In general, social categories tend to provide people with their place in society giving other people expectations about what they can expect from those people and defining how they can behave towards them.

If you want to govern large numbers of people then constructing and enforcing the categories in which they insert themselves and from which they construct their identities, is a great step towards that governance.

So if you support patriarchy it helps you if you can make sure gender categories are tight, and people define themselves in terms of gender. If you run a racist society it is helpful if you can make sure racial categories are tight and people define themselves in terms of race and so on.

Language and psychology are rarely politically neutral.

Economics and public discourse

August 6, 2017

Because there appears to be no provision for Comment on Jessica Irvine’s article in the Australian SMH today, about the benefits of economic ‘reforms’ and the decline of economics in schools along with public discourse, here it is….

It is certainly true that people often have a great ignorance of economic history and Jessica Irvine has revealed she is one of them.

Before the “great economic reforms”, even the right wing Coalition party could tend to govern on behalf of everyone, not just the wealthy corporate sector. Wages rose steadily above inflation. Social mobility was real. People born into poverty could work and make it into the middle class, something almost impossible now. Education was largely free to help the mobility and, under Whitlam, became generally available to all adults as well. People could afford houses. Homelessness was rare or voluntary. People could drop out to explore life or art or science or politics or business without fear of being disadvantaged for the rest of their lives. Strong Unions gave people security and clout. People extended their participation in government and so on.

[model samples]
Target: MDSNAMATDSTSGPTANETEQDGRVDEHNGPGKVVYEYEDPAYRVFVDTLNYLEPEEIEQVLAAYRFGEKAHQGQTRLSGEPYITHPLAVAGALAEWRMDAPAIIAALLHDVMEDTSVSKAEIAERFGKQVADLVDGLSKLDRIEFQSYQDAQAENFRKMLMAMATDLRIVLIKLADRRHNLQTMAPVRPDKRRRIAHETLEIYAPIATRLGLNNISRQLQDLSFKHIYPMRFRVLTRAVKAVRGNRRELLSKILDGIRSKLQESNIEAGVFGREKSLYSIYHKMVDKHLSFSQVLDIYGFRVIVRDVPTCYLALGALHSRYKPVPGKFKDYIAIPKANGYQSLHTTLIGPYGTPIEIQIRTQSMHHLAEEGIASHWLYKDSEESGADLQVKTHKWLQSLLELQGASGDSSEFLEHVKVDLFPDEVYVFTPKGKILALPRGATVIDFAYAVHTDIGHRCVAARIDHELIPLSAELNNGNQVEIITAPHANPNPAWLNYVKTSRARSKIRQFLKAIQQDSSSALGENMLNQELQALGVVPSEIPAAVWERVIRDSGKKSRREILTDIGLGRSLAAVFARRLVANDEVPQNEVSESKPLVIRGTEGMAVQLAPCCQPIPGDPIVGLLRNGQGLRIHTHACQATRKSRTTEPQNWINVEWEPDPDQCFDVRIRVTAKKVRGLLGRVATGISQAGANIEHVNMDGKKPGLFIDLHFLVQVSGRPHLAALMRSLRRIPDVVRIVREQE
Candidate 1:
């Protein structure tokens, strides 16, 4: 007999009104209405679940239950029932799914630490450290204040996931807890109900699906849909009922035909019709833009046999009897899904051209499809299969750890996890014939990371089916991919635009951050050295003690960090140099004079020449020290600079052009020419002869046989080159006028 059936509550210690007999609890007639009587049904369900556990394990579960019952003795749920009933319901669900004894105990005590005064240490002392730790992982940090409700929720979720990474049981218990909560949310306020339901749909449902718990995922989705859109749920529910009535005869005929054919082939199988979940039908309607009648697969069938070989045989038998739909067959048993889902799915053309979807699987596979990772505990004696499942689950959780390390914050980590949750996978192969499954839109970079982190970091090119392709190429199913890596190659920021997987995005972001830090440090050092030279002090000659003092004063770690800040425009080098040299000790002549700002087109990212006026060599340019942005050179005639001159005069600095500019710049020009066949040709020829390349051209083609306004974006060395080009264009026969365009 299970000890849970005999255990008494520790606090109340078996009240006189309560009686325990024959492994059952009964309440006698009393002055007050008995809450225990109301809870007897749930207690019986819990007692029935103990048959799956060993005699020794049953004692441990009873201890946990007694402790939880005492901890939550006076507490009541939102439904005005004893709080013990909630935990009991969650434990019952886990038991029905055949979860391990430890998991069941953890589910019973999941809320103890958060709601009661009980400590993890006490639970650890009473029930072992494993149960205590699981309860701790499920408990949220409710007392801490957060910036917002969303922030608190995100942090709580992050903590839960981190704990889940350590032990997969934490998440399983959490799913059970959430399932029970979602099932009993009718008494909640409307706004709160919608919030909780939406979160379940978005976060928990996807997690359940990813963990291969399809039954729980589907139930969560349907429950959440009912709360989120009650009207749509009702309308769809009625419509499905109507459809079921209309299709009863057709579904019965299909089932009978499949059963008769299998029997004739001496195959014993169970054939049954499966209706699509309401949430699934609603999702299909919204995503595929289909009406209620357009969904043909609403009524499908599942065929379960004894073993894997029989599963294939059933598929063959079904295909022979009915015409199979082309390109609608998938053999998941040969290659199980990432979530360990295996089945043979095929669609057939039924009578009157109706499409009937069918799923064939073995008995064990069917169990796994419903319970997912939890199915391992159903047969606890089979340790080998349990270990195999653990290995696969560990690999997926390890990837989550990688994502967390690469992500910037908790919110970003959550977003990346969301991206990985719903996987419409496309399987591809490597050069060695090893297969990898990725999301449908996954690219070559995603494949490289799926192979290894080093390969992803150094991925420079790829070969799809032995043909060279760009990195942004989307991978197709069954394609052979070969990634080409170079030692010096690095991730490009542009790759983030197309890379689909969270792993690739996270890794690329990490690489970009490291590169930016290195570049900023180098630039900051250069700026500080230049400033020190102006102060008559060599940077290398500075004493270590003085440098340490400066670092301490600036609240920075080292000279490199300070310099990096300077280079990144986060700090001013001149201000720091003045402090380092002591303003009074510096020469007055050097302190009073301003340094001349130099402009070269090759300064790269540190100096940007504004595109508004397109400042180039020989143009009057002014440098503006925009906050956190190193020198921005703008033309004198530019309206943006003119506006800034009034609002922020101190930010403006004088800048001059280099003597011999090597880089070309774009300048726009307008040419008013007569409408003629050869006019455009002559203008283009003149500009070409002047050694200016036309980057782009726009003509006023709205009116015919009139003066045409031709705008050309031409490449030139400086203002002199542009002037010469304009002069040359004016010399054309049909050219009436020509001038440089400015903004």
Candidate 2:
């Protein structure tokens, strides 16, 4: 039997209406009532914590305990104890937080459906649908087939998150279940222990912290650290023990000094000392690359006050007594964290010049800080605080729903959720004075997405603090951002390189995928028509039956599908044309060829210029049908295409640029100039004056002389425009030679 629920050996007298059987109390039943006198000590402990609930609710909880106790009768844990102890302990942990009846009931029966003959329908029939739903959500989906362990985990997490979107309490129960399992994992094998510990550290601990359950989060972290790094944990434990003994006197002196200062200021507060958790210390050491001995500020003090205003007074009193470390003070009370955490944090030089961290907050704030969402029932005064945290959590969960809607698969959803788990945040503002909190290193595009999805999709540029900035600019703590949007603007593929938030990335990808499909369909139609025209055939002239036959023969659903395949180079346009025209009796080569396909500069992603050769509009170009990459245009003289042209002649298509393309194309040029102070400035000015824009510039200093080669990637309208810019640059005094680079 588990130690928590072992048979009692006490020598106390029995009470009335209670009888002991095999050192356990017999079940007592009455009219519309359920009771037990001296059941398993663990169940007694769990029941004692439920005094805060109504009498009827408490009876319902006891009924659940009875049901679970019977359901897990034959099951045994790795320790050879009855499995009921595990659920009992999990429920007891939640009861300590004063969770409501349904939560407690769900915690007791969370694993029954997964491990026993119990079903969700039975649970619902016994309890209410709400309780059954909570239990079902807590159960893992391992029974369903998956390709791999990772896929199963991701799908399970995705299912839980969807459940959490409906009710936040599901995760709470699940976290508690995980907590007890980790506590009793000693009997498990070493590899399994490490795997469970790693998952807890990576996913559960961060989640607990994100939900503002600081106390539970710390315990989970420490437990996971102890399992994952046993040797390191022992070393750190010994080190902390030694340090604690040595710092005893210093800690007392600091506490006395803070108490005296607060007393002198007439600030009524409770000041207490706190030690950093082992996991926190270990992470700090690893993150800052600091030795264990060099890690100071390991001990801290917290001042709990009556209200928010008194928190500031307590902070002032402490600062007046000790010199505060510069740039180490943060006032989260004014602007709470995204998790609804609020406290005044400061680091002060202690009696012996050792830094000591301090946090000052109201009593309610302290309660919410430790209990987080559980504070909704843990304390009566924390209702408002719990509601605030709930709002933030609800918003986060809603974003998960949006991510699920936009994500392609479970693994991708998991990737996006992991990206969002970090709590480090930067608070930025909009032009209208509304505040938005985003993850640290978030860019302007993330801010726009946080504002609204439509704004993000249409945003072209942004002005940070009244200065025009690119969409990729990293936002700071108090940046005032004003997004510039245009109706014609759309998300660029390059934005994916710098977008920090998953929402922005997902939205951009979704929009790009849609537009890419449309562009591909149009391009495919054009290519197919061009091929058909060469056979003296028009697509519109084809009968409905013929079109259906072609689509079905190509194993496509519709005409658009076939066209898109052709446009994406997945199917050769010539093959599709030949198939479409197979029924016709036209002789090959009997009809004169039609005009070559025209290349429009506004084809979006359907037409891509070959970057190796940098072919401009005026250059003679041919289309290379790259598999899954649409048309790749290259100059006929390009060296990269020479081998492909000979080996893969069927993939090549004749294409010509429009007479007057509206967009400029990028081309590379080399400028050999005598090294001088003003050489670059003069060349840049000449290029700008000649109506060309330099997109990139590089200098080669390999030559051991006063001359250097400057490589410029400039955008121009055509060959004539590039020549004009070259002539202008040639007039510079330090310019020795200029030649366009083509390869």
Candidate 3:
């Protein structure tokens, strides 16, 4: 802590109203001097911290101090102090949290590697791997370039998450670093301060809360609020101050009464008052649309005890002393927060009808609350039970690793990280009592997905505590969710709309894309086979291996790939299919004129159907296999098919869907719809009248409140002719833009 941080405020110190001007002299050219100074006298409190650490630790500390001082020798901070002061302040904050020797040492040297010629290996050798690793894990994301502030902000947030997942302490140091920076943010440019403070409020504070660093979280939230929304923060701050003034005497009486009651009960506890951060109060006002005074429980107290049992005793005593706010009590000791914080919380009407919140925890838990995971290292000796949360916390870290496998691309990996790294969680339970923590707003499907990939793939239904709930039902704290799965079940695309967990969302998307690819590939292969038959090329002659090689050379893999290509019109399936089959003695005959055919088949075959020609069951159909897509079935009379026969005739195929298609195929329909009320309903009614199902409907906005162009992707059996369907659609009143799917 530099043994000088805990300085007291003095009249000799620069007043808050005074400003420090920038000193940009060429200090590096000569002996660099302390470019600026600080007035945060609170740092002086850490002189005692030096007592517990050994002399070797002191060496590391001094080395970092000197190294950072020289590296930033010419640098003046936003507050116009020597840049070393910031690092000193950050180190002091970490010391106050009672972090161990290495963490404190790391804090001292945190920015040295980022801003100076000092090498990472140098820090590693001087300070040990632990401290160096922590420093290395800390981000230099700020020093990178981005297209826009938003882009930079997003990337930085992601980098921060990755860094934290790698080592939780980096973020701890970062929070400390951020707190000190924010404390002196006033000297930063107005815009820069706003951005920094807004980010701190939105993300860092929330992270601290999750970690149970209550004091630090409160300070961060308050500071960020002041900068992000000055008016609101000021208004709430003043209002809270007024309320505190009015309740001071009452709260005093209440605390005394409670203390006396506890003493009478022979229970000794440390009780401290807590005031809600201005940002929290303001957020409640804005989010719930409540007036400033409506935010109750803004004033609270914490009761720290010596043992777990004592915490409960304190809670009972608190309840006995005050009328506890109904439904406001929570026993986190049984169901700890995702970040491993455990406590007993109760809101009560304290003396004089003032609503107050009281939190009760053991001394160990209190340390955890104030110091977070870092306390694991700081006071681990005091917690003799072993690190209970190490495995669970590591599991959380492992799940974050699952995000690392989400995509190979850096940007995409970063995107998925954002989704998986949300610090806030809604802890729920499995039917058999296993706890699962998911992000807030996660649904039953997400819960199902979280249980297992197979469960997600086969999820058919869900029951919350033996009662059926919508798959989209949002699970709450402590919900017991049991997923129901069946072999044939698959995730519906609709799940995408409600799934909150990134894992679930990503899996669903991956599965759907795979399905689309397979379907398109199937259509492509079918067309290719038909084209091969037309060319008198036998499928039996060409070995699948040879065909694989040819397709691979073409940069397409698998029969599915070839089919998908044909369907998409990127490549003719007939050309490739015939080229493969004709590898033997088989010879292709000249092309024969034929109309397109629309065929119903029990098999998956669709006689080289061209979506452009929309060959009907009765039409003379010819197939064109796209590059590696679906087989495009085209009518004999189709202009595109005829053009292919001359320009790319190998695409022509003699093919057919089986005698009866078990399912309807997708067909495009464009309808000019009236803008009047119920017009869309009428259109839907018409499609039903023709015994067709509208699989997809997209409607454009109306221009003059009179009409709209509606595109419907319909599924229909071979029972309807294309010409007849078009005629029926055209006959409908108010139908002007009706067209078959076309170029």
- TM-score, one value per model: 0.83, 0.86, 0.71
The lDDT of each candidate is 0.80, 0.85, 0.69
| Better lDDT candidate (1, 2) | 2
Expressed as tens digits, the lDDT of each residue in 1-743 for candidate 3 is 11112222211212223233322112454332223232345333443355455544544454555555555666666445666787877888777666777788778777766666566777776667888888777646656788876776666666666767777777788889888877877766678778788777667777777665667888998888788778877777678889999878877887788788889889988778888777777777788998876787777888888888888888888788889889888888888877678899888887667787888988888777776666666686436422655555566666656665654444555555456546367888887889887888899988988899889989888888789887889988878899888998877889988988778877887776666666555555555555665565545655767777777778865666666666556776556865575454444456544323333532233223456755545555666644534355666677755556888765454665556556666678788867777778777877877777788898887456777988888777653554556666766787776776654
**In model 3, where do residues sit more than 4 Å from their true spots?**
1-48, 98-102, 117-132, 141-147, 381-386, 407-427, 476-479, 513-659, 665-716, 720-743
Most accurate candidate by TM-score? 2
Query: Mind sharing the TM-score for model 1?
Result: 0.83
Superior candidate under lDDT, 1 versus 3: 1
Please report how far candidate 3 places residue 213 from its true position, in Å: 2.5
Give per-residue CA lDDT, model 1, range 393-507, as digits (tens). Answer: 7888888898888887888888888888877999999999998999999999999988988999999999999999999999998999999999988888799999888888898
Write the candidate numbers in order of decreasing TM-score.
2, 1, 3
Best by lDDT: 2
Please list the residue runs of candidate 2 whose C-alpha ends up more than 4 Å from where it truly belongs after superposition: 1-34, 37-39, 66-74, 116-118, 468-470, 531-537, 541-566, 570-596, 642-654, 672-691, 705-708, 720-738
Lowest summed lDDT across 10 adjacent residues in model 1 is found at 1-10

This did cause some fear amongst the establishment; it was something to be curbed – as the ‘proper elites’ were being challenged. People who had previously been quiet about their suppression were becoming economically secure enough to make noise.

Despite Irvine’s claims, we were largely insulated from “international contagions” until the 70s oil shock when the multinational oil companies made a fortune out of crisis, and started funding free market think tanks to promote the power of their class. Since then we have suffered from overseas shocks routinely, the last major one originating in the corruption and stupidity of the dominant players in the US financial and housing market, and which penalised ordinary Americans, not them. Nowadays even the most conservative commentators wonder how we will survive a downturn in even one overseas market (China). Jobs have been exported. Manufacturing has declined. We largely cannot make our own products. Minerals are routinely given away to miners. We ignore, or even encourage ecological collapse if it makes money for the wealthy. Major financial institutions appear to continually suffer from corruption, fraud and scandals, which, before ‘reform’, were rare and penalised. Wages are no longer increasing, and the wealth of society is being redistributed back to the financial elite.